What is a current account? 


This is an account that you can:

  • Deposit - Put money in to a bank and
  • Withdraw - take money out.

There are many ways to deposit money:

  • Depositing cash in coins and notes at a branch
  • Wiring from abroad
  • Sending a cheque in the post
  • Paying money in electronically.

Ways of receiving money vary too:

  • Writing out a cheque
  • Taking cash from a cashpoint (ATM) using a cash card
  • Buying goods on a debit card
  • Setting up a standing order or direct debit from one's account.

A current account is an account for day-to-day use. Two or more people can set up a current account together and call it a joint account. It works like a current account except each person has a cheque-book and card.

How do I choose a current account?


There will be a bank or building society current account to suit your particular needs.
You need to work out exactly what you want the account to do before you choose and this will also then determine how you use the account too.

All banks and many building societies have a range of current accounts targeted at those with specific needs or preferences. Types of current account are listed here:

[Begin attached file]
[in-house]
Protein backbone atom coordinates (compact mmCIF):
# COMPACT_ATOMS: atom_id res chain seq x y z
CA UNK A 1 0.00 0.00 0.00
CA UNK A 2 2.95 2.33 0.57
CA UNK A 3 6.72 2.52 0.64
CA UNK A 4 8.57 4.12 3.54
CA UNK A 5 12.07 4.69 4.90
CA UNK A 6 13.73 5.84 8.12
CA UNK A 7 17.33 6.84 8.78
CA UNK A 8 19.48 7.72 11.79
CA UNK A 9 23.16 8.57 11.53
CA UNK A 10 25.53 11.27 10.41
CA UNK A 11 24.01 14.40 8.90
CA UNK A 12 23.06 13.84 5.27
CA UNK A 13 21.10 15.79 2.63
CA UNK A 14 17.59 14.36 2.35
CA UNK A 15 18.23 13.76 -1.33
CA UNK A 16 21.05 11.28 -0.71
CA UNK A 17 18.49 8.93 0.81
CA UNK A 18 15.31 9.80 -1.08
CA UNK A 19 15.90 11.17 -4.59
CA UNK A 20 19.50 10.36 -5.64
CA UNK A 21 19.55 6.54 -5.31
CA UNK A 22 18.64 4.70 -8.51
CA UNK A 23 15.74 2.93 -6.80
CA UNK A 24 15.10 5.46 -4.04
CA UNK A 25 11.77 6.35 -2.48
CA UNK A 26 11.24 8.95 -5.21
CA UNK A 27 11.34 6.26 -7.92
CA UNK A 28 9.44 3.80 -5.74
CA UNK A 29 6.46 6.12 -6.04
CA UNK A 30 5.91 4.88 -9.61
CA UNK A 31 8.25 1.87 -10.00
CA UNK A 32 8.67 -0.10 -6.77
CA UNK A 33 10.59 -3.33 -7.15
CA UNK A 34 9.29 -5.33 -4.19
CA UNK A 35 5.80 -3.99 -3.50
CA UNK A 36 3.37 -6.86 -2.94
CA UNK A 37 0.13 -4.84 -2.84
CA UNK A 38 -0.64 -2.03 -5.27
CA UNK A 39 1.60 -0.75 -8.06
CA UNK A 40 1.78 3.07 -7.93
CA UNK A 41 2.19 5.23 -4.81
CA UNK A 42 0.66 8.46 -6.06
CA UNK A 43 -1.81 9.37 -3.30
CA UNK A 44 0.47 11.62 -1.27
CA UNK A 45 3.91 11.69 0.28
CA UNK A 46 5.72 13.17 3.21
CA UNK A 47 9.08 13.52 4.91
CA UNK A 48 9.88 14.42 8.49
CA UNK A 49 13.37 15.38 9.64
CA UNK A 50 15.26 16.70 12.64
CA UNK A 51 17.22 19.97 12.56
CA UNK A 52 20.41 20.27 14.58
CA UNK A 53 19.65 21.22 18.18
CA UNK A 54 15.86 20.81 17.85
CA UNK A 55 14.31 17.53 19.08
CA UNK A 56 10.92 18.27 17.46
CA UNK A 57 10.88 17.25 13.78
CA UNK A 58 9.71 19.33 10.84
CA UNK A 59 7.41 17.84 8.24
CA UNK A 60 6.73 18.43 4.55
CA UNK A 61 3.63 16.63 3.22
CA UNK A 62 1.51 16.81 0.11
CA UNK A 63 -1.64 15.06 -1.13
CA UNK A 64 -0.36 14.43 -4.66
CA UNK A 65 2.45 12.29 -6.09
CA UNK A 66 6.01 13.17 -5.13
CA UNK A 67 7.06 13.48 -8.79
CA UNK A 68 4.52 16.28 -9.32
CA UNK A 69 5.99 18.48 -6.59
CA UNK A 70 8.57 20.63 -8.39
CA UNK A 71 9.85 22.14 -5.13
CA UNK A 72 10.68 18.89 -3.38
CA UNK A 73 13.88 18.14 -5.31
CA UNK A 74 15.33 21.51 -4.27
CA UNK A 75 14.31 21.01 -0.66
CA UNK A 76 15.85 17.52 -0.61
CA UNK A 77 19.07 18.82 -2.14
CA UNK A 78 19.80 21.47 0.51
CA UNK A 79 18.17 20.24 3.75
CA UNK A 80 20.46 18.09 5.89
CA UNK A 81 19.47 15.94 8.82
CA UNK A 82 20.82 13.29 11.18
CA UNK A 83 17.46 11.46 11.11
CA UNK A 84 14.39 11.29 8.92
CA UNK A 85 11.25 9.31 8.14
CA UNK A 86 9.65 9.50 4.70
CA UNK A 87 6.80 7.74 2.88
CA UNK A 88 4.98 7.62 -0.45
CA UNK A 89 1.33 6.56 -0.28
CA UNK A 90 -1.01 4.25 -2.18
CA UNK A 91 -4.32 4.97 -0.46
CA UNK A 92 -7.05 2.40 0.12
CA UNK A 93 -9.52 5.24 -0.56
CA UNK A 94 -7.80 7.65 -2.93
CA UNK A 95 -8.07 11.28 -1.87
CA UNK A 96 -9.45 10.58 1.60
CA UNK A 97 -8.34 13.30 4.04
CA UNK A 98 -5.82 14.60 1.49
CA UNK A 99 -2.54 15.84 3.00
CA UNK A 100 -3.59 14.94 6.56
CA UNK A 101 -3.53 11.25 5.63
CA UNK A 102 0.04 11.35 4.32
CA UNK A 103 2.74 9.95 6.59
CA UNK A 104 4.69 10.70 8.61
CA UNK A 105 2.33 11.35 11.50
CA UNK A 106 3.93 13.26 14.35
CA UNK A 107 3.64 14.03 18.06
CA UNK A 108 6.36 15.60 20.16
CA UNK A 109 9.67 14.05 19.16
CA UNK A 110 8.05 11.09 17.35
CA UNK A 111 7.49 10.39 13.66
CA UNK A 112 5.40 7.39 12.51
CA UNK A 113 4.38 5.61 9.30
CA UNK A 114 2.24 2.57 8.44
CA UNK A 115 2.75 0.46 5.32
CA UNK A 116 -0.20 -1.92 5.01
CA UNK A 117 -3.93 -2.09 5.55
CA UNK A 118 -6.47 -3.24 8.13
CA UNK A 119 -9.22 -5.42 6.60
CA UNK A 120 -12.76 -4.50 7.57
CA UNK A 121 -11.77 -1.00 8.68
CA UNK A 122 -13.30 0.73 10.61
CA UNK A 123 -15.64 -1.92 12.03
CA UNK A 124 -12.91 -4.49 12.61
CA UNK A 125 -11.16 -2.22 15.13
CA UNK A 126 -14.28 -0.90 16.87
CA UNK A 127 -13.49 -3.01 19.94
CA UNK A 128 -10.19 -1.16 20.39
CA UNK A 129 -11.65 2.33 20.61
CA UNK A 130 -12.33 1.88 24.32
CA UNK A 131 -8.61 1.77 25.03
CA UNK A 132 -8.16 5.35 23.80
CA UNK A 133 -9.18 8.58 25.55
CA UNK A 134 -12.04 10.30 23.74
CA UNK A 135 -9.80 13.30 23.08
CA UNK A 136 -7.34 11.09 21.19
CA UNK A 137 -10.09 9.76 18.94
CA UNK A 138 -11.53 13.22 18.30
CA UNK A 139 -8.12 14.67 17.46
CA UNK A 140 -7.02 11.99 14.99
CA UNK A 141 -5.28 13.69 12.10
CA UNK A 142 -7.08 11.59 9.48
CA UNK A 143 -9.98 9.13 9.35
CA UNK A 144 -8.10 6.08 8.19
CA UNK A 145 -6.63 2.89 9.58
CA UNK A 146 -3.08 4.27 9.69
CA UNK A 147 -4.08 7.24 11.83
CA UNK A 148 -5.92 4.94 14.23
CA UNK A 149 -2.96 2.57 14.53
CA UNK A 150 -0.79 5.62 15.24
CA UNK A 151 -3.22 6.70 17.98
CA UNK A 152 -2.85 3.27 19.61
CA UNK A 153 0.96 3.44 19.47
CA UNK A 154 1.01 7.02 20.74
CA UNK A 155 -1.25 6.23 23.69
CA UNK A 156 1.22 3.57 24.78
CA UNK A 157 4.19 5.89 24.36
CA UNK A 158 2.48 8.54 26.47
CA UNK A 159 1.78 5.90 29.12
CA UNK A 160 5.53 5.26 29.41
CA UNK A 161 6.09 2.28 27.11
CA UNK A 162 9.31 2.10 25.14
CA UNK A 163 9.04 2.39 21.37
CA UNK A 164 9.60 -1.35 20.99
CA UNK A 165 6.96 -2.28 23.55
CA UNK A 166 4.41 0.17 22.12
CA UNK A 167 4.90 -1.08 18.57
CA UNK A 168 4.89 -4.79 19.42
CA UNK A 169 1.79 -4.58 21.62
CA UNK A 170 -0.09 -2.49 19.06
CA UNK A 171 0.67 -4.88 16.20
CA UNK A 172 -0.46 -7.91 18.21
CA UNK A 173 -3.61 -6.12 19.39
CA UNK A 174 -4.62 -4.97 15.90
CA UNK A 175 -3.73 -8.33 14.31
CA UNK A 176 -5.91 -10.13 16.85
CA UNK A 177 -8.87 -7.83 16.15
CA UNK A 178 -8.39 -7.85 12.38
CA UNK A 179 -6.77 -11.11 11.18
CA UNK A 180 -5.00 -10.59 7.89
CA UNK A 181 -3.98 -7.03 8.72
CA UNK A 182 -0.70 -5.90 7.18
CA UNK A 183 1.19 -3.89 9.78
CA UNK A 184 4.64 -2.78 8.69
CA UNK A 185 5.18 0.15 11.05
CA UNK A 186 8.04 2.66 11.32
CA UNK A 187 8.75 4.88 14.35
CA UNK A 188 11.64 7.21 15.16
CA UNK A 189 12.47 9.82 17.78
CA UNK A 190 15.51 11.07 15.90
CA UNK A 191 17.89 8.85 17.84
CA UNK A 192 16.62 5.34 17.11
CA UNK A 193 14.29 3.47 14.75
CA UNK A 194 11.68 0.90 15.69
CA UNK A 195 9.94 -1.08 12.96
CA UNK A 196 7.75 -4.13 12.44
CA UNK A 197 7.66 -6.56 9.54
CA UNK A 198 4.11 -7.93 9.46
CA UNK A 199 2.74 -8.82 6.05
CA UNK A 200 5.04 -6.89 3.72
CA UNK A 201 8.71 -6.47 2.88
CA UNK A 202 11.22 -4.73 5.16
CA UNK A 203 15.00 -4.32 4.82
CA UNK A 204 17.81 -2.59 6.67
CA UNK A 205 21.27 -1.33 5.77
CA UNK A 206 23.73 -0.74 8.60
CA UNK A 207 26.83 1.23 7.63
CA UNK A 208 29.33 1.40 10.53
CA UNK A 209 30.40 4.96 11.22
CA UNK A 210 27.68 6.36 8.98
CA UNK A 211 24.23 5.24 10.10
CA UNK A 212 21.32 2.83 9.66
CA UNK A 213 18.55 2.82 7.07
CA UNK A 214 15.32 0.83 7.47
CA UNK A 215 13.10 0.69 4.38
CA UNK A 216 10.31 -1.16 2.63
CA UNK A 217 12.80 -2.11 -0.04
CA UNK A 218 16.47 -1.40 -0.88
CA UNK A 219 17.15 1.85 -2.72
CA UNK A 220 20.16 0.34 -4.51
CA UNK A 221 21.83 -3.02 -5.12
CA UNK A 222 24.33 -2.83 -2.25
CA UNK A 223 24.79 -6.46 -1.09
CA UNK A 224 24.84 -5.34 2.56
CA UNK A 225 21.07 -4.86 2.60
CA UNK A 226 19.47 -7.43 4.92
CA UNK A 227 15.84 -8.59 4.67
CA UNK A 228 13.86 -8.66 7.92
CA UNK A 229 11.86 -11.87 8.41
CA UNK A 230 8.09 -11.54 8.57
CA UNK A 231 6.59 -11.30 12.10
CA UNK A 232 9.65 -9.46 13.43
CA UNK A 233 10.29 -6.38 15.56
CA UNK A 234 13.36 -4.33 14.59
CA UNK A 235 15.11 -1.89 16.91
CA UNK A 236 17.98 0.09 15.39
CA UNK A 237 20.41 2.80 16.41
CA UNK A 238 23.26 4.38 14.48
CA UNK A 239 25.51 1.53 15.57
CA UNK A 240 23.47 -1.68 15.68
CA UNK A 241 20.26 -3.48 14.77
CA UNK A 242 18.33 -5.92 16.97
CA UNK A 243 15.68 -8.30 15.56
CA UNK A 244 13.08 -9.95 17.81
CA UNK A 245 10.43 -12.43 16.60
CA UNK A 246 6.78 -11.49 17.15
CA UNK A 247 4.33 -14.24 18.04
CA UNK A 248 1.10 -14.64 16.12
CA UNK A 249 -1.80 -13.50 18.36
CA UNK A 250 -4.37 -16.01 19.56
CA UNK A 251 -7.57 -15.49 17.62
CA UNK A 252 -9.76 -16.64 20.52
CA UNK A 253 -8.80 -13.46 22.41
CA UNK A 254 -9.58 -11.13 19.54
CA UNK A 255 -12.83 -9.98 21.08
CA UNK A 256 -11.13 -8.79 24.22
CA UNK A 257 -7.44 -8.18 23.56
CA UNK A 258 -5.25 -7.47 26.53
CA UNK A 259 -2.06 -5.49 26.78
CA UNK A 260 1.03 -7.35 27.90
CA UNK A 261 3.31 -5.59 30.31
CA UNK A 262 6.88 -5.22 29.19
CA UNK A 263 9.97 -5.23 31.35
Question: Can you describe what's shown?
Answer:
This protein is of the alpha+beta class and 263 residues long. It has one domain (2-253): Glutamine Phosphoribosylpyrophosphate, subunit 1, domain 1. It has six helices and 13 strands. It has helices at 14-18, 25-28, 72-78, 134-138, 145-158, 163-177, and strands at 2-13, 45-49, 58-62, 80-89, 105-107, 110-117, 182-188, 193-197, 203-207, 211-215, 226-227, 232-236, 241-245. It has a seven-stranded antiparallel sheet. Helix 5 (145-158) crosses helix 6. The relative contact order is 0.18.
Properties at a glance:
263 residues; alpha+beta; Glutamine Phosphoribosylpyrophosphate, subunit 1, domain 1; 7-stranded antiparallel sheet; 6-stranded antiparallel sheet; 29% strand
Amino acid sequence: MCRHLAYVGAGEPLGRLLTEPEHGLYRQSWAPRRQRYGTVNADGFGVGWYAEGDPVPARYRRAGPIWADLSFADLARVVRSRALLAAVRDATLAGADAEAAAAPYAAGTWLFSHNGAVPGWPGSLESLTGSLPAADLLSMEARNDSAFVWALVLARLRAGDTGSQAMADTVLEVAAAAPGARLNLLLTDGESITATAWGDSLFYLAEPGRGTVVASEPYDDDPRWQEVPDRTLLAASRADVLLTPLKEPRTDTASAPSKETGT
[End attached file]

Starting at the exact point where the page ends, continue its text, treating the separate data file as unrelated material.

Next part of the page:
Types of account include:

  • Standard Current Accounts - cheque-books, cash and debit cards, overdraft facilities and monthly or quarterly bank statements, often with internet access and telephone banking facilities
  • Accounts with Extras - such as travel insurance, for a small monthly fee. Can include medical support for a larger monthly fee.
  • Simple Cash Accounts - no cheque-books or internet or overdraft facilities
  • Accounts for High Earners - come with personally tailored options and a high level of personal support from the bank
  • Children's Accounts - usually combined with savings accounts
  • Young People's Accounts
  • Student Accounts - usually interest free overdrafts and free gift or cash incentives for joining.
  • Graduate Accounts - usually good interest rates on overdrafts, loans and mortgages
  • Foreign Currency Accounts - for those needing frequent transactions in a currency other than sterling
  • Euro Accounts - same as the above except with the Euro
  • Special Accounts - which cater for particular religious beliefs so that normal banking conveniences can be accessed without offending certain religious practices

Who can have a current account?

Almost anyone can, depending on their credit history. People who have a bad credit history due to not payment of outstanding bills and loans, county court judgements against them or a history of fraud may find that they have fewer options open to them.

Who can provide me with a current account?


All the main high street banks offer a range of current accounts. Many of the building societies do also as well as most of the internet banks . A list of the main providers can be found below.




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